“Talking to a partner about wanting to make a career change can feel really hard. When you want to make a career change it can feel really out of control for your partner, so the conversation often ends up focusing on the ways in which your partner’s fears (How will we pay our bills??) or their beliefs about work (You should just live for the weekend like everyone else!) are in direct conflict to your desire to make a change.”
The grass always looks greener on the other side.
Offering financial planning not only shows the employer cares about employee well-being, but it also gives an opportunity to communicate and educate employees and their spouses on the full scope of their benefits.
As financial planning/wellness programs spread across corporate America, product-focused financial services companies have embraced the concept. Some firms sell financial products and services under the guise of financial planning or wellness programs. However, it is essential to understand how Certified Financial Planner® professionals earn compensation.
Scottrade surveyed 1,030 adults with at least $2,500 in investments. The study concluded that 80 percent of people in the millennial generation wish they had “access to trustworthy retirement investment guidance,” with those numbers falling to 72 percent for Generation X, 49 percent for baby boomers and 30 percent for seniors.
Mistrust of investment advisors characterizes another area where younger investors stand out. Of the millennial participants in the survey, 67 percent think their adviser “sometimes recommends products and solutions that are in their advisor’s own best interest,” with the percentages declining to 64 percent for Generation X, 22 percent for baby boomers and 15 percent for seniors.
If your 401(k)-brokerage firm offers “free” financial services to your key people, remember the adage, there’s no such thing as a free lunch. Even with this free service, the primary focus is on retirement planning and often limited to the 401(k) assets. Executives and employees require a comprehensive plan from an unbiased advisor that encompasses workplace benefits and personal assets.
As more employees struggle with financial planning challenges, their retirement, saving for children’s education, caring for their aging parents, sometimes all at the same time, their need for personalized help from a trusted source becomes urgent.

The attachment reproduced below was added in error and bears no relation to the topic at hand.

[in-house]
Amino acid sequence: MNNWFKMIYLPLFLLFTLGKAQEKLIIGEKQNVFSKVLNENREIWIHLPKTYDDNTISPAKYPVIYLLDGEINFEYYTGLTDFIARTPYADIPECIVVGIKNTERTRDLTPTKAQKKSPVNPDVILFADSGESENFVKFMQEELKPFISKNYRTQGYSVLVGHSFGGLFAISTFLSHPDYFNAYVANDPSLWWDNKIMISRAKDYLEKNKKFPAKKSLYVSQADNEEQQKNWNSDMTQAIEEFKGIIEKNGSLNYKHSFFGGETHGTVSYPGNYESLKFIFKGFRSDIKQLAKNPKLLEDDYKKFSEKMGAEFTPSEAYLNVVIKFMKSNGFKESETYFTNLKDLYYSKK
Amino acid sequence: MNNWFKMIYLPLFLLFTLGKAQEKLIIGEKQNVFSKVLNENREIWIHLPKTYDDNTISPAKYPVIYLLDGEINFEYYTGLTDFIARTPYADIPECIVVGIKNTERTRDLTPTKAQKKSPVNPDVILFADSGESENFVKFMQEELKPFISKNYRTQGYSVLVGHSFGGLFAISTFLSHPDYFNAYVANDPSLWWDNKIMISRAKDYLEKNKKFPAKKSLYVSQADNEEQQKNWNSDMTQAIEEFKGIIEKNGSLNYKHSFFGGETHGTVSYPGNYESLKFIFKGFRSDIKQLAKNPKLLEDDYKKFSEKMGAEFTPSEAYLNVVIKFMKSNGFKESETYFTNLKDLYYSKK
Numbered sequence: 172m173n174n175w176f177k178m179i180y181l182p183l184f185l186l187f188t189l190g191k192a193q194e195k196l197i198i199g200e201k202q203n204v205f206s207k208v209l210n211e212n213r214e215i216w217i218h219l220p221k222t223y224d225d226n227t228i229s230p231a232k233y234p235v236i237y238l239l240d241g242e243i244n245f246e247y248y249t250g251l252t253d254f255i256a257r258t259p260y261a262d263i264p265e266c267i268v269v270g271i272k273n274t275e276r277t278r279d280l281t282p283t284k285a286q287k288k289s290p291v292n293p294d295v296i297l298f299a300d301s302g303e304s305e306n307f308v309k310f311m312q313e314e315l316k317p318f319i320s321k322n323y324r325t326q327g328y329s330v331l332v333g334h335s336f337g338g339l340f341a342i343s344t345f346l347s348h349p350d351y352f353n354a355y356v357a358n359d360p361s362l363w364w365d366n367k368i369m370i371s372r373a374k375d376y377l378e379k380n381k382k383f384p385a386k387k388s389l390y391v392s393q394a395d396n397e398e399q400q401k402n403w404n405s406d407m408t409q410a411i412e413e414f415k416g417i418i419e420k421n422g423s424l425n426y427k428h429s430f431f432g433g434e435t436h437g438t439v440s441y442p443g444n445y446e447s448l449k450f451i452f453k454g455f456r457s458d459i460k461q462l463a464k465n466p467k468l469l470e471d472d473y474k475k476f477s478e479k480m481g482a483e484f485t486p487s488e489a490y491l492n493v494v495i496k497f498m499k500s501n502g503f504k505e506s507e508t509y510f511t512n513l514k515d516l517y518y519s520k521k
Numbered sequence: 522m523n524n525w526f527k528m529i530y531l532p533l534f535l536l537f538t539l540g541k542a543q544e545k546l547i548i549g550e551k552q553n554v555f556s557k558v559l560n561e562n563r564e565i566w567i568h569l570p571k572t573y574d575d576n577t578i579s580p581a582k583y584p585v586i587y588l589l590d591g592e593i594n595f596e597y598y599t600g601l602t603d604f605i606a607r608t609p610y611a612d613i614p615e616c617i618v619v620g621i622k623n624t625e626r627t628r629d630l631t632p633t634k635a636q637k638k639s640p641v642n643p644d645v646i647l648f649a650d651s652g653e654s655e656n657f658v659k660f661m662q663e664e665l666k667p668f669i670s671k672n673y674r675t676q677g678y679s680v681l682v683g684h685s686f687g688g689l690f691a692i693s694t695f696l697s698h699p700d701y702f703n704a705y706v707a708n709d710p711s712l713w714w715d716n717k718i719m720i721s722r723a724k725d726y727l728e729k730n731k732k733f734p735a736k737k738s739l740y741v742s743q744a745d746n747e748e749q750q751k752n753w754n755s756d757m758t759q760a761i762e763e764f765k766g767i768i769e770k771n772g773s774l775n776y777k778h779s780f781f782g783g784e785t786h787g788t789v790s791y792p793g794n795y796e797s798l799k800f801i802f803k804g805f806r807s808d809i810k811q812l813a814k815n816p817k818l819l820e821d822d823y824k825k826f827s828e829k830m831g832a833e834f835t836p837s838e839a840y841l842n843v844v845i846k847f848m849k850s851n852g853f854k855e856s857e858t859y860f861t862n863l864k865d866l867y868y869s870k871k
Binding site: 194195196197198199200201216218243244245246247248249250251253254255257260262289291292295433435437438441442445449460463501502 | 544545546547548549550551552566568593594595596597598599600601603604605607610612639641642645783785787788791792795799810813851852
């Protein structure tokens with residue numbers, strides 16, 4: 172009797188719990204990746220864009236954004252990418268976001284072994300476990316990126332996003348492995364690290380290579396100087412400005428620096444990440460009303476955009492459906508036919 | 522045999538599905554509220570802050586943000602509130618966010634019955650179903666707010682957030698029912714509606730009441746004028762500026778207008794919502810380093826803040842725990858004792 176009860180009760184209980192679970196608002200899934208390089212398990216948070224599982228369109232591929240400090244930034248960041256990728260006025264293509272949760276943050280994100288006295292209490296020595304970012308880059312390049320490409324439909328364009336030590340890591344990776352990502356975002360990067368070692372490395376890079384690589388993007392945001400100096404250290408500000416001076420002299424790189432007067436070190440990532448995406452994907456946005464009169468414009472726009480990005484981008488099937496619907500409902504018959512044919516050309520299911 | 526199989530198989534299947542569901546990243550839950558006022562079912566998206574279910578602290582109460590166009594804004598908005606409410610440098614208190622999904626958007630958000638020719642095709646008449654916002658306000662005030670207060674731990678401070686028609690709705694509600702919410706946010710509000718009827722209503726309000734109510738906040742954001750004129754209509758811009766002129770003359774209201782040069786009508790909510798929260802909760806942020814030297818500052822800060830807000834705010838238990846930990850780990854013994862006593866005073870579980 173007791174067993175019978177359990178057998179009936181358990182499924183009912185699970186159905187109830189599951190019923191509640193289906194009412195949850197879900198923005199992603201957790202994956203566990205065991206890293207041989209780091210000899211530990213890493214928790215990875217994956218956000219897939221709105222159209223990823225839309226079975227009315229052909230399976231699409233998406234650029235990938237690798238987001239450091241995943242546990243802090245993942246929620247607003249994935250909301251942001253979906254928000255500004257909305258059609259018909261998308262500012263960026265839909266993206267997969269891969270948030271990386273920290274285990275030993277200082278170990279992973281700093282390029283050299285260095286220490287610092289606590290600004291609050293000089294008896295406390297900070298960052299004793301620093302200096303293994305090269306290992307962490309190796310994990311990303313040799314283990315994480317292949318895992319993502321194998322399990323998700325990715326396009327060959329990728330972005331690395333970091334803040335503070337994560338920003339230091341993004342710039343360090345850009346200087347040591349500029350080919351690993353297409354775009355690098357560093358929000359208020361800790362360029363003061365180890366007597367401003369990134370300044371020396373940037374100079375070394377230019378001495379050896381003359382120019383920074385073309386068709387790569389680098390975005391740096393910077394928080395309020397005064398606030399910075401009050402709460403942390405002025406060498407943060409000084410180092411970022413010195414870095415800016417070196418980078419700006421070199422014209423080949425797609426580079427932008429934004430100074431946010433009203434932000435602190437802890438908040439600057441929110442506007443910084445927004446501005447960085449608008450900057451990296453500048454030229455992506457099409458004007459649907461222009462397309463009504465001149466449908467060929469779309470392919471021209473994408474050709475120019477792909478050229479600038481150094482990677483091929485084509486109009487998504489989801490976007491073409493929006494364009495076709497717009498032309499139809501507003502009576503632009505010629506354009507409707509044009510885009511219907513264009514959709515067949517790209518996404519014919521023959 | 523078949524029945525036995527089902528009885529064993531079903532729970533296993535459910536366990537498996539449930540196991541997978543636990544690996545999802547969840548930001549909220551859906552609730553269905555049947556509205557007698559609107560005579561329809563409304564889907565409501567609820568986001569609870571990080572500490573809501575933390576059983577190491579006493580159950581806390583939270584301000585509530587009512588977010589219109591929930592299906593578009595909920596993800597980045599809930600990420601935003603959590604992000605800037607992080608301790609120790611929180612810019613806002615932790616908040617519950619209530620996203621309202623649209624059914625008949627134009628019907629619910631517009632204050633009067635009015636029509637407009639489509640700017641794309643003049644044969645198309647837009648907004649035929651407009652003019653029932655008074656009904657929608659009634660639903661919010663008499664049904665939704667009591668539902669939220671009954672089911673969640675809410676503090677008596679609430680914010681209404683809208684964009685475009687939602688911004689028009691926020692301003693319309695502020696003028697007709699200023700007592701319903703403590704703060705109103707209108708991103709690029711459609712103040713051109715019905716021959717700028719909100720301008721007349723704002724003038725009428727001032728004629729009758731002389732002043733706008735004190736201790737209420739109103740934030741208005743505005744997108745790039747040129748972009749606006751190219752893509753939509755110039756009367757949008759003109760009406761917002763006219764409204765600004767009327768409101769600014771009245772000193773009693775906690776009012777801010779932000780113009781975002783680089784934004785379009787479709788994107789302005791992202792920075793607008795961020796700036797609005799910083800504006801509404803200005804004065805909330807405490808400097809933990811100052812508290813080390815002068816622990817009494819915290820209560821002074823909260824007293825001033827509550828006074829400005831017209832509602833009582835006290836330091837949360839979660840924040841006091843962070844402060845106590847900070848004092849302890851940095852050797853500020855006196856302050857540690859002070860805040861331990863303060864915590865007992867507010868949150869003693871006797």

My Financial Coach (MFC) has created a unique financial planning guidance and planning service to meet the needs of individuals struggling with very real-life challenges.
MFC combines the power of SmartTech, a Web-enabled planning, guidance, and advice tool, with direct phone access to unbiased Certified Financial Planner® professionals who are highly experienced, objective financial planners to help employees make sense of it all.
The goal of the financial planner is to instill a sense of financial peace of mind for employees and their families. Accordingly, it is necessary to focus on five main objectives, the keys to effective planning for highly compensated employees:
Each of these objectives demand extensive planning work.
MFC, its team of CFPs®, and subject-matter experts join forces for the employee to resolve and strengthen issues in tax and estate planning, concentrated stock positions, life insurance, property, causality and liability insurance, risk management, family business issues, disability insurance, charitable planning, stock option planning, and much more.
It is really interesting that most people spend three to four hours a week of company time dealing with personal financing problems. My wife has her own small business and she is trying to help out her employees with these problems by finding a financing coach for the company and employees. I will send her this article as it was very informative about financial planning for a business.